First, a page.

|Medium||Hand-painted on Masi (inner bark of the paper mulberry tree)|
|Size||Approx. 45cm tall by 80cm wide (mount included)|
|Packaging||This is a large piece of artwork. We carefully package it using styrofoam sheeting either side of the artwork, which protects it whilst in transit.|
|Copyright||Images and text © Maria Rova|
Turtles of Taveuni II
One of the tribal symbols of my husband’s people, who live on the island of Taveuni in northern Fiji, is the turtle. Giant leatherbacks visit the beaches near to our family’s village annually, to lay their eggs in sun-drenched sands, before journeying on through the Pacific Ocean, following ancient migratory paths. Traditional Fijian legends feature sea turtles as symbols of wisdom and blessing.
Fijian ‘masi’, also called barkcloth, is produced by village women on islands such as Vatulele. A renewable resource, masi is made by harvesting strips of bark from specially grown paper-mulberry trees. Each piece takes days to process, involving repeated pounding, soaking and stretching. These traditional skills are passed on from generation to generation, with certain clans being considered the experts in masi-making. The uneven quality of the masi reflects its handmade origin.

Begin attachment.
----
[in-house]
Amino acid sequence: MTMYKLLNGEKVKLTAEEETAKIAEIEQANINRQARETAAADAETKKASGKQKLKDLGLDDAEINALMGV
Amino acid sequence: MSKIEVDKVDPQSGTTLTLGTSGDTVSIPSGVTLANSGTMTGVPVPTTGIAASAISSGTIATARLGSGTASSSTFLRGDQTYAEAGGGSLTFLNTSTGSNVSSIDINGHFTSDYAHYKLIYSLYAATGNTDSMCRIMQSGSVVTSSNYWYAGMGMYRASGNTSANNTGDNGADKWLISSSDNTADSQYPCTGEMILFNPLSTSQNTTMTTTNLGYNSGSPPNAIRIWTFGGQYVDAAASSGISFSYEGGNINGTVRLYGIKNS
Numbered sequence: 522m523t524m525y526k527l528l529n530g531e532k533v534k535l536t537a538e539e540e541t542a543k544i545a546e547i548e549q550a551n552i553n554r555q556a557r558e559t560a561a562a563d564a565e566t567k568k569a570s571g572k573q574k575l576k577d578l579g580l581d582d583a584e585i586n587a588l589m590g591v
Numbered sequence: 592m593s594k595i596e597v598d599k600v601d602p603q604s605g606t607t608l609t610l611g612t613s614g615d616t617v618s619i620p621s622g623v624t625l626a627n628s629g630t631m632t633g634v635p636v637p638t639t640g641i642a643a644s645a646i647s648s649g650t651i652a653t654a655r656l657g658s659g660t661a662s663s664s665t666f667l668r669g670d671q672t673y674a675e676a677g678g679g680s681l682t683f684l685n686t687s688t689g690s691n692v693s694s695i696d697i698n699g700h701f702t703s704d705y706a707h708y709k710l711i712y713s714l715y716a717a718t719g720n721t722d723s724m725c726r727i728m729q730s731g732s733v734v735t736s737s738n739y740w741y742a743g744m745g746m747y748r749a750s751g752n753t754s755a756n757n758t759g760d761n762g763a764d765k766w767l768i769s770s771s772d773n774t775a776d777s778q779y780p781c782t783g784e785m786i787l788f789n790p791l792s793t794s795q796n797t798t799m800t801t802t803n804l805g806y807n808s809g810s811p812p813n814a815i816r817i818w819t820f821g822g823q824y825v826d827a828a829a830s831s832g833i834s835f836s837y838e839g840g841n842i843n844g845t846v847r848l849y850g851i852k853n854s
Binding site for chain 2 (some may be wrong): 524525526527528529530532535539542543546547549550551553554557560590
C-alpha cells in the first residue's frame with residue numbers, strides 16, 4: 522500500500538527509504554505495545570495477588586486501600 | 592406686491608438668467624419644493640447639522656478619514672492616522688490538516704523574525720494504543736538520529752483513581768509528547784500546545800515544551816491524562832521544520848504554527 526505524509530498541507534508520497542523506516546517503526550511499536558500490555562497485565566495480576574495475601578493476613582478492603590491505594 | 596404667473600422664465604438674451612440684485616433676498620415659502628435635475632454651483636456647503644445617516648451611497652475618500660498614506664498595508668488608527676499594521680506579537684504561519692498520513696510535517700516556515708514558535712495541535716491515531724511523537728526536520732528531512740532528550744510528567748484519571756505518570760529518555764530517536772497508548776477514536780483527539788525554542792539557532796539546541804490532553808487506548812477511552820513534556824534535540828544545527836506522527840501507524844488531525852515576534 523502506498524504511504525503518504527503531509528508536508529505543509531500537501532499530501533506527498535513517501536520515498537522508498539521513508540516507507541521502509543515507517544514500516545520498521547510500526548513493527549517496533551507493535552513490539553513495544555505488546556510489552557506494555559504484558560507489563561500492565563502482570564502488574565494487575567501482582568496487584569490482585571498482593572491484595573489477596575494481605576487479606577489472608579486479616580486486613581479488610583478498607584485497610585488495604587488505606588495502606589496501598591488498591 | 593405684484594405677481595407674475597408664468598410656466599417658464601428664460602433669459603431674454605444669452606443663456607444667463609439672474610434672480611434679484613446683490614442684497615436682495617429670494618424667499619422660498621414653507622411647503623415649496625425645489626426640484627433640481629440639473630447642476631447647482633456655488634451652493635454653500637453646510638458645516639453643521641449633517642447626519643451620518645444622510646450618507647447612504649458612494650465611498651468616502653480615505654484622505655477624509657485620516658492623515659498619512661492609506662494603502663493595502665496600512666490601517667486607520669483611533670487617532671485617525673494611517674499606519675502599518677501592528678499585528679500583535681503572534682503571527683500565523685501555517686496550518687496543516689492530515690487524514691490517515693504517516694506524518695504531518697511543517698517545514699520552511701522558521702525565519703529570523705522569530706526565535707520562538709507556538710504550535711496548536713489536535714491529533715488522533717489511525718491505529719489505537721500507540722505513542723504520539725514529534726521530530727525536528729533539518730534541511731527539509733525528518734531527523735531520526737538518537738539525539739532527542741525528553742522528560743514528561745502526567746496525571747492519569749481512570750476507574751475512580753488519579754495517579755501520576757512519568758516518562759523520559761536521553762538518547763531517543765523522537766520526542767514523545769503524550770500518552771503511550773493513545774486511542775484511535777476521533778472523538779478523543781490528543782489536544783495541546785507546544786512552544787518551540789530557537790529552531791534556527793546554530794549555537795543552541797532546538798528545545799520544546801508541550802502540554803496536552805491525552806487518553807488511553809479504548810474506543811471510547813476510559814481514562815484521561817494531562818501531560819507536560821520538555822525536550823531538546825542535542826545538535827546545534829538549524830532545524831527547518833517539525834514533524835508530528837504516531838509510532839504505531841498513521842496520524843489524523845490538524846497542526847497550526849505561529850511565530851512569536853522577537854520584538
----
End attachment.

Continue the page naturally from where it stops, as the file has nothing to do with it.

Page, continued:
Maria Rova lives in Nadi, Fiji. Her artwork is inspired by the wildlife, culture, and scenery of the Pacific, especially that of the remote island of Taveuni to the north of the Fiji group, which is home to her husband’s traditional clan. Sustained by forest and reef, Taveuni villagers still follow many of the ancient cultural practices that give Fijian people their unique identity. The artist wishes to acknowledge gratefully the impact that her Fijian family has had on her work.